Rearmed Pillage People Ride Again
Back in 1990, Gilbert Hyatt invented the first single-chip microprocessor, which earned him a lot of money, so he moved to Nevada, which has no state income tax. California’s Franchise Tax Board (FTB) claimed Hyatt lied about his residency, and that he owed millions in state income taxes. Despite a 2008 ruling in his favor by a Nevada court, FTB snoops kept after the inventor. By the time his case arrived at California’s Board of Equalization last August, the FTB was claiming that interest had run up Hyatt’s tab to $55 million. Trouble was, a 3-2 vote by California’s Board of Equalization determined that Gilbert Hyatt was indeed a Nevada resident when state tax collectors said he lied about his residency. So the BOE waived $5.7 million in fraud penalties and $5.7 million in taxes from 1992, That left Gilbert Hyatt with a 1991 tax bill of $1.9 million, including interest, a far cry from $55 million. California’s pillage people didn’t like it and are now deploying in new uniforms.
Governor Jerry Brown and the legislature gutted the BOE and empowered the Office of Tax Appeals, a new state agency. As Dan Walters of CALmatters reports, “the FTB is now trying to persuade the new agency to reopen the residency case.” So Hyatt, who turns 81 this year, may be in store for more harassment on top of the many years he already endured. And he may not be the only target. As Walters also notes, in June the U.S. Supreme Court “granted the FTB’s petition to decide whether Hyatt’s successful harassment case in Nevada courts is valid.”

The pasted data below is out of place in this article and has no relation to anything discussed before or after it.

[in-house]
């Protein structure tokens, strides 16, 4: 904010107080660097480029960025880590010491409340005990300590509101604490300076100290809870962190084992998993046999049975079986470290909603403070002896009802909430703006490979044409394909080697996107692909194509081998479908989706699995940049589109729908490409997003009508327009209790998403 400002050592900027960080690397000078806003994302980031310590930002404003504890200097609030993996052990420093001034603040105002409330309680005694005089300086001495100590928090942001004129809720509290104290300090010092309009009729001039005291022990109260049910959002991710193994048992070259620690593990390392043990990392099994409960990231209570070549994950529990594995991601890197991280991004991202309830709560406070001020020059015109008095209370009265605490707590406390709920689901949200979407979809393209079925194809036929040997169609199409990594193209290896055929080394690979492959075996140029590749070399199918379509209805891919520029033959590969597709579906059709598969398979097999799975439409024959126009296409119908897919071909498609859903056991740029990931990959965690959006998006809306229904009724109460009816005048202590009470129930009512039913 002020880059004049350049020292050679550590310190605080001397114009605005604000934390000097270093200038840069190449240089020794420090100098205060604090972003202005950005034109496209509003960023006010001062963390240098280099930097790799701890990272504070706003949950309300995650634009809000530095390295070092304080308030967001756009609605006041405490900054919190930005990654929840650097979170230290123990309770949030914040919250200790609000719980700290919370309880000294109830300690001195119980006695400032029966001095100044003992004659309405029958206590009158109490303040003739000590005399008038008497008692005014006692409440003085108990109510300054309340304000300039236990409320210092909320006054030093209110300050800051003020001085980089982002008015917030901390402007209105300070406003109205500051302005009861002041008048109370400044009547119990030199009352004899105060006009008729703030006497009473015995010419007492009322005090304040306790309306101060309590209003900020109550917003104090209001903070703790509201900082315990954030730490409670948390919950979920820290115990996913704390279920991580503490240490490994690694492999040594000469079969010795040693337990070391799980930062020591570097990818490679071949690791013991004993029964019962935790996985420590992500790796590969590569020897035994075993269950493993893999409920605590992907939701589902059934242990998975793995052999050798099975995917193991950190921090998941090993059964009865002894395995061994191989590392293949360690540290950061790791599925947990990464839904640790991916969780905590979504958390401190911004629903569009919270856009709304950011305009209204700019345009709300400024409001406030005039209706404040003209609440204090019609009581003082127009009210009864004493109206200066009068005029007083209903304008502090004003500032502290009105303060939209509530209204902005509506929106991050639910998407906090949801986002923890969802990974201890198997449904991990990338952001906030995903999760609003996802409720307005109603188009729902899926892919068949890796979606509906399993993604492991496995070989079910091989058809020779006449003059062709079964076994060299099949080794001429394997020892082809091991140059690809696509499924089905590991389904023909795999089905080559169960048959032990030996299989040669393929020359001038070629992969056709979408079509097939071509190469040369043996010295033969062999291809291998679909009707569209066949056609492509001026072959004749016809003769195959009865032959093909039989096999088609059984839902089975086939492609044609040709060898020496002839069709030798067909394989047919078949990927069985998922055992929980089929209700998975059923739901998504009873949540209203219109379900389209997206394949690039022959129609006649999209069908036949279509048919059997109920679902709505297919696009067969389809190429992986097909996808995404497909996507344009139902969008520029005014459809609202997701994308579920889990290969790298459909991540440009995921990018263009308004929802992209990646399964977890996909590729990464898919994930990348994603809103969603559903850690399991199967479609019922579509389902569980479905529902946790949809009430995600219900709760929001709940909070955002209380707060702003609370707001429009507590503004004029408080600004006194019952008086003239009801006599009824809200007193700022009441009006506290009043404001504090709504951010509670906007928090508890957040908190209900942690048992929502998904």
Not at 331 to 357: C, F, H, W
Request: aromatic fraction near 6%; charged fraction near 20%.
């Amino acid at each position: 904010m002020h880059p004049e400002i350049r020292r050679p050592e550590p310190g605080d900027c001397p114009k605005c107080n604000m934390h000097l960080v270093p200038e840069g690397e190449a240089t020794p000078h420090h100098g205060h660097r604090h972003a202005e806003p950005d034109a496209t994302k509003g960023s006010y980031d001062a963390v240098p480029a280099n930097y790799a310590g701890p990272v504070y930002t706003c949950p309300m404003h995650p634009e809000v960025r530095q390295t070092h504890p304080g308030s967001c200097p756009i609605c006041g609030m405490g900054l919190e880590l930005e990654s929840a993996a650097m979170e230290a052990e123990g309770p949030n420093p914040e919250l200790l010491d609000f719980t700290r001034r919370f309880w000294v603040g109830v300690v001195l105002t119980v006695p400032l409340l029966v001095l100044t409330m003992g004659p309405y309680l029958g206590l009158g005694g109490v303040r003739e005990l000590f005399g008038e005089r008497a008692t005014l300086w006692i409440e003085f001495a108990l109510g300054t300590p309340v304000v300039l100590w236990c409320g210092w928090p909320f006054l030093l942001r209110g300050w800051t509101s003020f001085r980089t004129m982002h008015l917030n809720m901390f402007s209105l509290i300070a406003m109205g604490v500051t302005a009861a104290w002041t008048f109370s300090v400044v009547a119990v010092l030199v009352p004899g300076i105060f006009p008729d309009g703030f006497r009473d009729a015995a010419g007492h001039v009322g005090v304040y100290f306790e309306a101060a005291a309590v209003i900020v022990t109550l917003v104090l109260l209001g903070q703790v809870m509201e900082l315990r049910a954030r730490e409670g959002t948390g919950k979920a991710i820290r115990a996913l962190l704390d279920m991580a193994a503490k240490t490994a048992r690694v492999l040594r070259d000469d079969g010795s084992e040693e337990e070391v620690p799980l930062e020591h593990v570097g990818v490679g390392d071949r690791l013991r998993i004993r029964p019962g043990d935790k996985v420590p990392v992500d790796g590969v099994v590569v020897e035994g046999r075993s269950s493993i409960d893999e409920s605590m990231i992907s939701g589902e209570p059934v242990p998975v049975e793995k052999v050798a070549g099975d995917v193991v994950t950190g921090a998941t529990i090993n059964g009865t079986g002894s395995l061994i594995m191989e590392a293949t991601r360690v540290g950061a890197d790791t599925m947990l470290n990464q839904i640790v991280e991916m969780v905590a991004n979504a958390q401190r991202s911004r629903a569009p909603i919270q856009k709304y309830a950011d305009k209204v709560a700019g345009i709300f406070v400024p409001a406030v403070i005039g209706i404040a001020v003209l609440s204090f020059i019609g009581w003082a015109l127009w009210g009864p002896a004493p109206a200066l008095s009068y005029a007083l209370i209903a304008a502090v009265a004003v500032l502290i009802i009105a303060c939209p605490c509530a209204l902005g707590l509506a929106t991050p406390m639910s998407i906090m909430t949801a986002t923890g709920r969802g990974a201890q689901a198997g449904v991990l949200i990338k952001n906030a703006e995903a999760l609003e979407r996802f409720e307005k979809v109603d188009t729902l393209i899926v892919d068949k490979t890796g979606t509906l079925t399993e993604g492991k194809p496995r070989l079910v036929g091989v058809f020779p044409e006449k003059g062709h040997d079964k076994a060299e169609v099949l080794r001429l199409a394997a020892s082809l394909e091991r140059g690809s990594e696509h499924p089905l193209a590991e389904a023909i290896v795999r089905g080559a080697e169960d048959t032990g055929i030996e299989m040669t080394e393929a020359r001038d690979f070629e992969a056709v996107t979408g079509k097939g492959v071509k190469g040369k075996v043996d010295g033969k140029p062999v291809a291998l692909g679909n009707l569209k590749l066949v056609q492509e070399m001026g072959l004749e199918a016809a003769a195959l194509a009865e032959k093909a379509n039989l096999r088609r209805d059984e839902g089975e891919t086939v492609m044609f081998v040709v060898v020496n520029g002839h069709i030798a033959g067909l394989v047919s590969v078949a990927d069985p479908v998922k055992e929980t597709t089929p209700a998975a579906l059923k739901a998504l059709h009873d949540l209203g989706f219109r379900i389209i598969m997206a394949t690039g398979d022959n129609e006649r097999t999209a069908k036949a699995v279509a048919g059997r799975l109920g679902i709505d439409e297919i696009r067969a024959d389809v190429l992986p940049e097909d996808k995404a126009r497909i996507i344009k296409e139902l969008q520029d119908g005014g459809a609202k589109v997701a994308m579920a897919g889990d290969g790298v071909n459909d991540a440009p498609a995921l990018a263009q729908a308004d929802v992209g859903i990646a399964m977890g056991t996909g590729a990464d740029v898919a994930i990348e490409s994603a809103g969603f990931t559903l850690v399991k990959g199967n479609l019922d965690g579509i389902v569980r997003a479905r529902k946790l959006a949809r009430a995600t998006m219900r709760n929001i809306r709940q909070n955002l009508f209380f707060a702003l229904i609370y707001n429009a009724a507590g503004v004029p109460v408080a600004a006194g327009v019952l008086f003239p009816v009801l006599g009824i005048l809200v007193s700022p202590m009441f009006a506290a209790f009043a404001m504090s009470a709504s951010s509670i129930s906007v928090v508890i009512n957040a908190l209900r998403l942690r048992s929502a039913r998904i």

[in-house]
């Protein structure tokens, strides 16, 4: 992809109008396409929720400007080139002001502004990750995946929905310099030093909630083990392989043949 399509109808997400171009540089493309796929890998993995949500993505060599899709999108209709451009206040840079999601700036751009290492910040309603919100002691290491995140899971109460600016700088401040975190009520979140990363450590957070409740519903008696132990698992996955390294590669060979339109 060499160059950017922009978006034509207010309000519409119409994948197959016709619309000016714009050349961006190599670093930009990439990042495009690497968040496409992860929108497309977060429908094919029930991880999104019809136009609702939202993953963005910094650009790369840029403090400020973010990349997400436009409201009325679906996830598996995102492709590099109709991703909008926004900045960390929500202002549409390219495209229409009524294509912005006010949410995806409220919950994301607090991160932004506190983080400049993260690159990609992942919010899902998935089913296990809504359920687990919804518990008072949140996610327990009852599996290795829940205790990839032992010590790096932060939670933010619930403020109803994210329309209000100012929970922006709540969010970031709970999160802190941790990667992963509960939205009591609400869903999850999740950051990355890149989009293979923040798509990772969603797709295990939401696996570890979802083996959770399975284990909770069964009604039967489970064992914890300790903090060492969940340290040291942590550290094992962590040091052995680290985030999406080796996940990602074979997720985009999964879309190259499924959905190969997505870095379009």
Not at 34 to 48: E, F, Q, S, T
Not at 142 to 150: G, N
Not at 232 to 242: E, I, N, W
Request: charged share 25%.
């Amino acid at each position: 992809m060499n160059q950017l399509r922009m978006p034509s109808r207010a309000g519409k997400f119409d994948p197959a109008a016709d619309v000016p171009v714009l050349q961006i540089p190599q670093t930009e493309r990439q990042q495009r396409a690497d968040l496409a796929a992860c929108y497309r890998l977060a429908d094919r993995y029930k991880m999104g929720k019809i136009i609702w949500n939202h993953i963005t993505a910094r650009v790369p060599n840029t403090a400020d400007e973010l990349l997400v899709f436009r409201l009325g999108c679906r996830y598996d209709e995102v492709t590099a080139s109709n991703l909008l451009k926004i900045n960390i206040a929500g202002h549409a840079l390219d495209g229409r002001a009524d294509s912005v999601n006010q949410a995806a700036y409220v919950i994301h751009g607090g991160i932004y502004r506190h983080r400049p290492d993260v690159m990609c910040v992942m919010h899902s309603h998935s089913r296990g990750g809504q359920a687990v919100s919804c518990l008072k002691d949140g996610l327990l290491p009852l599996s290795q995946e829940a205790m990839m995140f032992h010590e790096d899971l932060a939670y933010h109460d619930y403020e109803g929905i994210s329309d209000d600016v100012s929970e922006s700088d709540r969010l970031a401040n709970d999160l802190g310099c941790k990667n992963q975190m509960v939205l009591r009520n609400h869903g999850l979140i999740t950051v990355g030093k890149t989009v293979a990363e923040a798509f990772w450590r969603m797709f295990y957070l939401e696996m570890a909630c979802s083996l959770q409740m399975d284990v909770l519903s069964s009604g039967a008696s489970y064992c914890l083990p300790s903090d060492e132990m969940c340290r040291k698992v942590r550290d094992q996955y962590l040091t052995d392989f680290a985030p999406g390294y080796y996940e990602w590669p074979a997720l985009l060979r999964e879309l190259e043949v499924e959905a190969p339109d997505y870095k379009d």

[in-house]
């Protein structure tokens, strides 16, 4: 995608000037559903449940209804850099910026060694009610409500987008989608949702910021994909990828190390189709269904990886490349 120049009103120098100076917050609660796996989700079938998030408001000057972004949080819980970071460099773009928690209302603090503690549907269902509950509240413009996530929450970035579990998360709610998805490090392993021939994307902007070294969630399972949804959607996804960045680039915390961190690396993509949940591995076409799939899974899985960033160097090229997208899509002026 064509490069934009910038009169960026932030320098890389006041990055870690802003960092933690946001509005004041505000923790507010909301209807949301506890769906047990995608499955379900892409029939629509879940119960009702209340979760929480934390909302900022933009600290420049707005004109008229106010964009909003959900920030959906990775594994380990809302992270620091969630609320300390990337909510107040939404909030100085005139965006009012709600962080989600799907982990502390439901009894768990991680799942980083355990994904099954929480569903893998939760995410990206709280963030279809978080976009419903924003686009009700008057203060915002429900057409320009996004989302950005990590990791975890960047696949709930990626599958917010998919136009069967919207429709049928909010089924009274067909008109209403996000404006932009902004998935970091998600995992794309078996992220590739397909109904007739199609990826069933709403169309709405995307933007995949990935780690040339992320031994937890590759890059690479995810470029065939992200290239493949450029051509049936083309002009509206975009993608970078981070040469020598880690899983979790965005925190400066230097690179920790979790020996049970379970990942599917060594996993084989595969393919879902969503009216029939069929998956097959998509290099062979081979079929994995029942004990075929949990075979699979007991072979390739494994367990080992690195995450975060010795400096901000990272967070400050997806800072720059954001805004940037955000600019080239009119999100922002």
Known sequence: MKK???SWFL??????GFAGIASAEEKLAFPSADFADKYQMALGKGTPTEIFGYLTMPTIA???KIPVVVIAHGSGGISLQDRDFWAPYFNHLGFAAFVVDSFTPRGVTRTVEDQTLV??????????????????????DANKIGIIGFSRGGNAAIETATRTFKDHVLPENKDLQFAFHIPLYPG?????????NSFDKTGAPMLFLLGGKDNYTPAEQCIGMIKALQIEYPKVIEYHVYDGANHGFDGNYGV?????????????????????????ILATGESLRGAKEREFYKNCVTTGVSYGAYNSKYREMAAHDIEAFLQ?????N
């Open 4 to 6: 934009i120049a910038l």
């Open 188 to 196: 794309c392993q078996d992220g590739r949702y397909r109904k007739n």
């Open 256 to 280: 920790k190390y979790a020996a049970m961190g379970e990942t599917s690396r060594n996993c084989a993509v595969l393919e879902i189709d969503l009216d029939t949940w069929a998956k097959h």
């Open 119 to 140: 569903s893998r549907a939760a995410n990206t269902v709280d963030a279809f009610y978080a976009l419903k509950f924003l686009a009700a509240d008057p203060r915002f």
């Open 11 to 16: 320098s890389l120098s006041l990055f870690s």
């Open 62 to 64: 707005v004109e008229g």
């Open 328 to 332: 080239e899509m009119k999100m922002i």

New federal tax law limits the deductibility of California’s state income tax, highest in the nation. Many will surely flee to low-tax states and Nevada’s ruling in favor of Hyatt shows they will be welcome. That displeases California’s rearmed pillage people, not exactly a gang of good losers. How this all shakes out for the tax refugees and Mr. Hyatt is uncertain, but for taxpayers some realities are clear.
Creating an innovative product people want to buy can earn an inventor lots of money. Those who want to keep most of the money they earn are not displaying greed. Greed is what motivates politicians to punish the productive with the nation’s highest taxes. Greed is what motivates state agencies to waste millions of dollars pursuing revenues to which they are not entitled. As California’s militant Franchise Tax Board and Office of Tax Appeals confirm, government greed is truly fathomless.
K. Lloyd Billingsley is a Policy Fellow at the Independent Institute and a columnist at The Daily Caller.